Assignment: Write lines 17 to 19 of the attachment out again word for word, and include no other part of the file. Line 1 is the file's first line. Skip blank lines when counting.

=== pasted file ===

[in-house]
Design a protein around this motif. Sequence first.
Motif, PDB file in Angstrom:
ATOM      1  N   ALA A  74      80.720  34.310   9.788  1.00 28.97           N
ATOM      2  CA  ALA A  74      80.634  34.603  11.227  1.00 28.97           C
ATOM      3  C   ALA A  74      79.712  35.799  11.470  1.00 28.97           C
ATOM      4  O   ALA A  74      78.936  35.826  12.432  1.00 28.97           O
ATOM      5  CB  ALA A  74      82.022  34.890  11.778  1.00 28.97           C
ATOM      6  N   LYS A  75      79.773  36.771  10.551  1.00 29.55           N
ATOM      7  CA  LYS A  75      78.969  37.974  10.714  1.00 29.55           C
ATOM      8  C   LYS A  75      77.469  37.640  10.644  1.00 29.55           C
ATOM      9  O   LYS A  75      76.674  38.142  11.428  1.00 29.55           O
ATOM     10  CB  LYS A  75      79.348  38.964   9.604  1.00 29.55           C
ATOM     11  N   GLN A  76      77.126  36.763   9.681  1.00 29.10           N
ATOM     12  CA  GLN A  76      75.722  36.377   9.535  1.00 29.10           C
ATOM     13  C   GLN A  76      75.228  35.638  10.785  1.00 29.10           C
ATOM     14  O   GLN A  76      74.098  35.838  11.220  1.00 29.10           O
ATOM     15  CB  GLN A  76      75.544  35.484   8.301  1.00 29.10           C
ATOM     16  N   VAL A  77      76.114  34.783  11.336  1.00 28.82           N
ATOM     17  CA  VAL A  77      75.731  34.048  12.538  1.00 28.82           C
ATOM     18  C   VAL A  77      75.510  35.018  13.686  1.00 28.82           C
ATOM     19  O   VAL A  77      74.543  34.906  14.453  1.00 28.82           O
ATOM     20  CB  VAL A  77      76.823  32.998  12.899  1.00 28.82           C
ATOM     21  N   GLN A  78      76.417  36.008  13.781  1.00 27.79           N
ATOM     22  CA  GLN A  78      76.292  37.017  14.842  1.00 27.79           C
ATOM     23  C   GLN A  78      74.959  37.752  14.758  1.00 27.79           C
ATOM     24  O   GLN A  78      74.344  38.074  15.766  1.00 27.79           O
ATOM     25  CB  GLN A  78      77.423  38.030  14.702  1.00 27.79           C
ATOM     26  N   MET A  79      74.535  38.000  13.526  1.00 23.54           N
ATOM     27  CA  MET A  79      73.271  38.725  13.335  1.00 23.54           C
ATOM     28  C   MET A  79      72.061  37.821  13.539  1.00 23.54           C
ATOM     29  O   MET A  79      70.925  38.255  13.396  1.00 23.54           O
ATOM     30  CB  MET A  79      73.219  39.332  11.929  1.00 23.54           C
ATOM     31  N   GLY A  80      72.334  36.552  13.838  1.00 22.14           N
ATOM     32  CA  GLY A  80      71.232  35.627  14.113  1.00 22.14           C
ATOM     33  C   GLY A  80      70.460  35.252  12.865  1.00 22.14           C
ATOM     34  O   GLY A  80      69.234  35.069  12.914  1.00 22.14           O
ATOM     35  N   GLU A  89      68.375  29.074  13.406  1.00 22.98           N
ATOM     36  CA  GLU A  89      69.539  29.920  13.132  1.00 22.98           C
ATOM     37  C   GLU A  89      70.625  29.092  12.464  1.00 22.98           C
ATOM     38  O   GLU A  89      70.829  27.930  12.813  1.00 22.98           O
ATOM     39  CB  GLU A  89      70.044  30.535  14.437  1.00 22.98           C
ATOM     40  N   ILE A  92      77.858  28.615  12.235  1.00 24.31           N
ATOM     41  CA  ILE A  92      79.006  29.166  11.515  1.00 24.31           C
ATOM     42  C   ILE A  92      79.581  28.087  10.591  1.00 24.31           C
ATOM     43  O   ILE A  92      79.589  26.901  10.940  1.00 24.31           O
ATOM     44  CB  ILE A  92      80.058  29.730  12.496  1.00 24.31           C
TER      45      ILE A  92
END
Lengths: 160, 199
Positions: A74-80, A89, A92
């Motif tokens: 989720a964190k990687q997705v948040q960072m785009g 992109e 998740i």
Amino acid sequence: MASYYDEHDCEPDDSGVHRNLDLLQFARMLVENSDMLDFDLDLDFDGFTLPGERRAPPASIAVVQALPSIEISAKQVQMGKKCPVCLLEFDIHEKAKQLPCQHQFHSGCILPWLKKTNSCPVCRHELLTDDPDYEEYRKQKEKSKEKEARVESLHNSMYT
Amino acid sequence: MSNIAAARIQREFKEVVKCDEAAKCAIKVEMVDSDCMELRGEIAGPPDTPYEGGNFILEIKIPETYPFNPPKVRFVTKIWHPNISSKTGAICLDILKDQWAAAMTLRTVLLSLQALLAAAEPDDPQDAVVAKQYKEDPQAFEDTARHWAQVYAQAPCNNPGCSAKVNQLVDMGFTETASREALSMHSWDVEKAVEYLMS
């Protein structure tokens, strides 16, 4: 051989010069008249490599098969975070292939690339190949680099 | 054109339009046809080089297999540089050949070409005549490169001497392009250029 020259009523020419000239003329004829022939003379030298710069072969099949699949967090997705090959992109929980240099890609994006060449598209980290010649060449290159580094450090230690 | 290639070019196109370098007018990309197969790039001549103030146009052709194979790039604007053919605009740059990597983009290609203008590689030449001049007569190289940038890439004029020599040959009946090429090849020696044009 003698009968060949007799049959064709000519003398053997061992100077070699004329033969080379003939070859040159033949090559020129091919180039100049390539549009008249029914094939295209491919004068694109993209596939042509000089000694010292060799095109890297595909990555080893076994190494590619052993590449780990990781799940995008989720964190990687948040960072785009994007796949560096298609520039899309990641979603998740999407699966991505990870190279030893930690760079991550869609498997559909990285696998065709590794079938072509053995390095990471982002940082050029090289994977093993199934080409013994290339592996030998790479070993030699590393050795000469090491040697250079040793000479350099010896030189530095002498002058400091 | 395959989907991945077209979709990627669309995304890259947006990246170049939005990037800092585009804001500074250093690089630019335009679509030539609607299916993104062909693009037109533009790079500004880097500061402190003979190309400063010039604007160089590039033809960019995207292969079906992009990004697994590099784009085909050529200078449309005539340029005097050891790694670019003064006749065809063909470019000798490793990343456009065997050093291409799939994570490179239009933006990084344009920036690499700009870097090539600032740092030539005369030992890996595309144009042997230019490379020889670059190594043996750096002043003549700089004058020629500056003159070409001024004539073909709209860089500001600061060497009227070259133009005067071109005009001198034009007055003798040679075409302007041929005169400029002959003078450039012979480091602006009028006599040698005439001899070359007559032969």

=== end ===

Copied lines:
ATOM     14  O   GLN A  76      74.098  35.838  11.220  1.00 29.10           O
ATOM     15  CB  GLN A  76      75.544  35.484   8.301  1.00 29.10           C
ATOM     16  N   VAL A  77      76.114  34.783  11.336  1.00 28.82           N